Speaking with other composers and artists I know, one thing I’ve become fascinated with is the amount of time they take between projects. Some bang out one project after another, with little to no time in between, others luxuriate in the afterglow of a completed work. I typically take at least a few weeks in between each, until the deadline sets up shop in my conscience.
For the first time in several years, however, I find myself at the start of a project with a flexible deadline. After completing my last work for Yarn/Wire, I am now planning a new chamber orchestra piece for my ensemble, Alia Musica Pittsburgh. As a member of this composers’ collective, I am in the fortunate position of having a certain degree of premiere-security; I can trust that the work will be programmed on one of the next several concerts. So, with this greater flexibility, I find that I’ve spent more time on the non-composing side of things — the business/promotion/teaching/etc. side of things. Or so I thought.
This is most likely a facet of creative life that everyone else has understood for some time, but it has become increasingly clear that, for me anyway, much of the time I think I’m not composing, I am, in fact, composing. Yes, if I have extra time between projects, I find ways to fill it with non-creative work. But I also find that my thoughts continually drift back to my next piece. I’ve realized that just because I’m not at the computer, or in a book, or in my piano, doesn’t mean I’m not creating. Whether it’s a half-hour on the elliptical, or an hour sitting in a silent room after my little son has fallen asleep, my ideas come into sharper focus with some time and space. Vague plans become increasingly specific plans, and reach a certain critical mass at which I find myself thrown into the more active part of the creative process.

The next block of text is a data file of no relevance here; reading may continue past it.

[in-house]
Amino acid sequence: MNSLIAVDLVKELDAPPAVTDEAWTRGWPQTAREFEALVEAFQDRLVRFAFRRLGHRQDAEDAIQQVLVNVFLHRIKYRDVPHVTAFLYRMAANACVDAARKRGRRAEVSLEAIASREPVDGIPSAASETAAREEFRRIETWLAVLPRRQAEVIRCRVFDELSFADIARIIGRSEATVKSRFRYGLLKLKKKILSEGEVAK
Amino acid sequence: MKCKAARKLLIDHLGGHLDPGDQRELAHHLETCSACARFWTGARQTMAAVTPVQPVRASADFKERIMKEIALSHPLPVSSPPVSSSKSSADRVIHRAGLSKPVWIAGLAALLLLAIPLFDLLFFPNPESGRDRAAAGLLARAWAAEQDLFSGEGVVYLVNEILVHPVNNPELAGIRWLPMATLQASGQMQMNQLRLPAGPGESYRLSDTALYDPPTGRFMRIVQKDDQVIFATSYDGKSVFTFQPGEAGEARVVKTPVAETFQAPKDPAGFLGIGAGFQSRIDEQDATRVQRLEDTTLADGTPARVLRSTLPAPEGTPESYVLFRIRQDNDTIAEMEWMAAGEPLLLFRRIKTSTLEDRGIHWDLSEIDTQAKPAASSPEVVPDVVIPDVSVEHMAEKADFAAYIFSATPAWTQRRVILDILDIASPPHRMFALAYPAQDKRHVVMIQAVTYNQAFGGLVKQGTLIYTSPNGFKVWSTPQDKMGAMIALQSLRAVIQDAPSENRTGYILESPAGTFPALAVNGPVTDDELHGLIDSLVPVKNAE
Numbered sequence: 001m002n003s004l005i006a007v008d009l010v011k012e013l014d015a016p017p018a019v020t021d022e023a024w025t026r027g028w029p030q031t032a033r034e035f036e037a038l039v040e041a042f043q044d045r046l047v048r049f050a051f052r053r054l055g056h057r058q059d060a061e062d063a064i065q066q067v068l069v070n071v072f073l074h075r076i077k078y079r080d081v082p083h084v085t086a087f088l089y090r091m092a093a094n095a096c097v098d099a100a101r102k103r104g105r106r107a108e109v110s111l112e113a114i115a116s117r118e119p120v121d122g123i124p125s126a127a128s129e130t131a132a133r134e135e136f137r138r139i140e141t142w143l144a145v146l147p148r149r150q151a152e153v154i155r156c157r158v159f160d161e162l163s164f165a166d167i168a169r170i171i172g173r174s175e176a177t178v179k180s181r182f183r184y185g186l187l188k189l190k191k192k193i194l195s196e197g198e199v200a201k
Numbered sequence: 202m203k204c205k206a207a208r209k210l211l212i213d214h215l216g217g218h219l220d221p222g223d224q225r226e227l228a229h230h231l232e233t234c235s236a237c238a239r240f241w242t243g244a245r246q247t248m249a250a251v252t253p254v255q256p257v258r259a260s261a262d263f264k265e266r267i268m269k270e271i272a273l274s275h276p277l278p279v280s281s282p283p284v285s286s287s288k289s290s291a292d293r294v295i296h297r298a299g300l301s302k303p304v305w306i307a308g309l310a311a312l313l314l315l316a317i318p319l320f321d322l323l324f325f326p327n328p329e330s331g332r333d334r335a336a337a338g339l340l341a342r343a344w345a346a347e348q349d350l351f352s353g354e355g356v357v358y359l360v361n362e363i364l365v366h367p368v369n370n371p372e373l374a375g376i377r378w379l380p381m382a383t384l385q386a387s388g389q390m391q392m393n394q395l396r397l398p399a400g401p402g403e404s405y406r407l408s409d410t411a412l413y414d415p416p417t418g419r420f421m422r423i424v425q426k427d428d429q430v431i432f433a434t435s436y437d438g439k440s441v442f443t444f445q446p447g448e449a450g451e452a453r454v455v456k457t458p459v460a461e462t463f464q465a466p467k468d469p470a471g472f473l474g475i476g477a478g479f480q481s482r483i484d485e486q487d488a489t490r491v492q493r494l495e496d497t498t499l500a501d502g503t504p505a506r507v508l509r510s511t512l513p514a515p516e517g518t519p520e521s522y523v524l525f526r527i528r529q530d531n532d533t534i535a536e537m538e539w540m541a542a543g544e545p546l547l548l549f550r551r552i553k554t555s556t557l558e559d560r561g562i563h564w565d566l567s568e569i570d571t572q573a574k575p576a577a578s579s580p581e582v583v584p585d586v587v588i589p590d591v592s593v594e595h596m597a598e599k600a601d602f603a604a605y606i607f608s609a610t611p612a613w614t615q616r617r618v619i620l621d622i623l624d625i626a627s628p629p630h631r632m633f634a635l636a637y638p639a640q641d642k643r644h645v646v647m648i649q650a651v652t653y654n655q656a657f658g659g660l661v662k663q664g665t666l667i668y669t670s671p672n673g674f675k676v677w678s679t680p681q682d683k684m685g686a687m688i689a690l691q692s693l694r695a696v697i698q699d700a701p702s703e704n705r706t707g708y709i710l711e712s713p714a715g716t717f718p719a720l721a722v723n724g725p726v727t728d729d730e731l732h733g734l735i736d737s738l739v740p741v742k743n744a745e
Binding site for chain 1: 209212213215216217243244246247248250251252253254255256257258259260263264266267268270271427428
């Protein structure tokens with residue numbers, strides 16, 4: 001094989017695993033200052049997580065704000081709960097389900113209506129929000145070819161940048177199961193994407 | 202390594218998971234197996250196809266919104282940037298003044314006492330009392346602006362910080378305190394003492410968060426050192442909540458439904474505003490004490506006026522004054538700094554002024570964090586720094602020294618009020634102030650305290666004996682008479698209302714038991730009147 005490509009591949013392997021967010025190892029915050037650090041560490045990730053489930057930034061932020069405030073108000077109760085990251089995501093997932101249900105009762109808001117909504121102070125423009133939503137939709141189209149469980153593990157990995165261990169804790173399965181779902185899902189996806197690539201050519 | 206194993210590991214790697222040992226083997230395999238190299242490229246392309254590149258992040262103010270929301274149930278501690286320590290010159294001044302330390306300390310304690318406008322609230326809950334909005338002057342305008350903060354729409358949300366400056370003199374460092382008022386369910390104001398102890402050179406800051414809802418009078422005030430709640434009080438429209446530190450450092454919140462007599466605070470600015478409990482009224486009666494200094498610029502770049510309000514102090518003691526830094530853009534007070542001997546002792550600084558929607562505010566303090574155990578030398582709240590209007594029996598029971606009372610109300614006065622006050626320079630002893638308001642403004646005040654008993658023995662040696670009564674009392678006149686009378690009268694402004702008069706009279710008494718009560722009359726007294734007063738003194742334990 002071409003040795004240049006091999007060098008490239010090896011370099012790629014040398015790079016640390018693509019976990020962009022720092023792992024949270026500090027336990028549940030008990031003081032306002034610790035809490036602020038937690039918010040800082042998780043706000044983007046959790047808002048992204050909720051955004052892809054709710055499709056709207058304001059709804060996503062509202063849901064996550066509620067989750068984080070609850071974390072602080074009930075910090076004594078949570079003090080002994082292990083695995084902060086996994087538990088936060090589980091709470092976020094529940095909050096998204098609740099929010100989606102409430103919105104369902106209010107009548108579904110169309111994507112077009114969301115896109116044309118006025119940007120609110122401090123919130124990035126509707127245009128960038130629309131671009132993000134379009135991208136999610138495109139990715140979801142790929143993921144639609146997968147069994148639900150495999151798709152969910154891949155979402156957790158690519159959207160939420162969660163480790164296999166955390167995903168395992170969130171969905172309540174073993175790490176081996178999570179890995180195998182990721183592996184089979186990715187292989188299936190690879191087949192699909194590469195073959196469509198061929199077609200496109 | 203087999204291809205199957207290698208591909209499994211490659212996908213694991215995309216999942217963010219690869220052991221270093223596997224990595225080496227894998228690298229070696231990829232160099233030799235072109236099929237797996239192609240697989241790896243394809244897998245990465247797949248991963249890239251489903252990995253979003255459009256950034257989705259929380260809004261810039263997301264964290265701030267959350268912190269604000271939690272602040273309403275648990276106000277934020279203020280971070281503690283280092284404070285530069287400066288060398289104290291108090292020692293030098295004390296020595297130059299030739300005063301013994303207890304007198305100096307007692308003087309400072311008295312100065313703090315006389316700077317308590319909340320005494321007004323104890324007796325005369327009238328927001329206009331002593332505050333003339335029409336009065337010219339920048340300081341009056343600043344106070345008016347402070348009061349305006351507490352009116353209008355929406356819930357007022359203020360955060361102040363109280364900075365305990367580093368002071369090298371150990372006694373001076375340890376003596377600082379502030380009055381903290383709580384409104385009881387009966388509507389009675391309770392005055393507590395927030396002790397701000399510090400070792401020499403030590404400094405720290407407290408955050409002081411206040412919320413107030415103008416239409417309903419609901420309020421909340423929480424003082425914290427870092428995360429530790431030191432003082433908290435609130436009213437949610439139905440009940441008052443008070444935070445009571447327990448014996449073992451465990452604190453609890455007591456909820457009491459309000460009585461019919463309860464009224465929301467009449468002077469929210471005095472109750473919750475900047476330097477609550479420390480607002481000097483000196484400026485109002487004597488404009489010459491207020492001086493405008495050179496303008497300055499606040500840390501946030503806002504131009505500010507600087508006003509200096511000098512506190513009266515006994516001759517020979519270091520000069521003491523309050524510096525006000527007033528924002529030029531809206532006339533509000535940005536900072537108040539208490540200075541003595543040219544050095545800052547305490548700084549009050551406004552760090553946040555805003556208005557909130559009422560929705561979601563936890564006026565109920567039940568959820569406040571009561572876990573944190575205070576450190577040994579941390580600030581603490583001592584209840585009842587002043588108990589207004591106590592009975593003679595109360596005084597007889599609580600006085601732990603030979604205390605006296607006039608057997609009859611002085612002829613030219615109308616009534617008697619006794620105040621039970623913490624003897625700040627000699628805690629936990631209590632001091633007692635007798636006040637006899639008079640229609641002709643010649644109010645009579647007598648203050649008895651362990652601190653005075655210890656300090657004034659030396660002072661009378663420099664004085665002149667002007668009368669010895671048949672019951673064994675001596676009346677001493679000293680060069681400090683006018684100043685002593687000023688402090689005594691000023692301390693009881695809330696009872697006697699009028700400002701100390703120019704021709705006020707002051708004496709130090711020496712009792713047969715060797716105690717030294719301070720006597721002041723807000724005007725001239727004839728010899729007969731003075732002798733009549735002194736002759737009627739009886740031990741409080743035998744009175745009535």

With the amount of time that great minds like Mahler, Brahms, Darwin, Einstein, and many others spent on the walking trail, it shouldn’t be a surprise that time away from the work table is so fruitful. But, I think it’s good to realize these things for yourself; I find that the better I know my own tendencies (for work and for life in general), the better I can tap into whatever creative resources might be available (even if those resources are infinitely more scarce than they were for the luminaries listed above).
So, maybe we take less time between projects than we think. Maybe the rebound time is, itself, creative time. Regardless, I should probably close for now, as I need to go and write something down before I forget…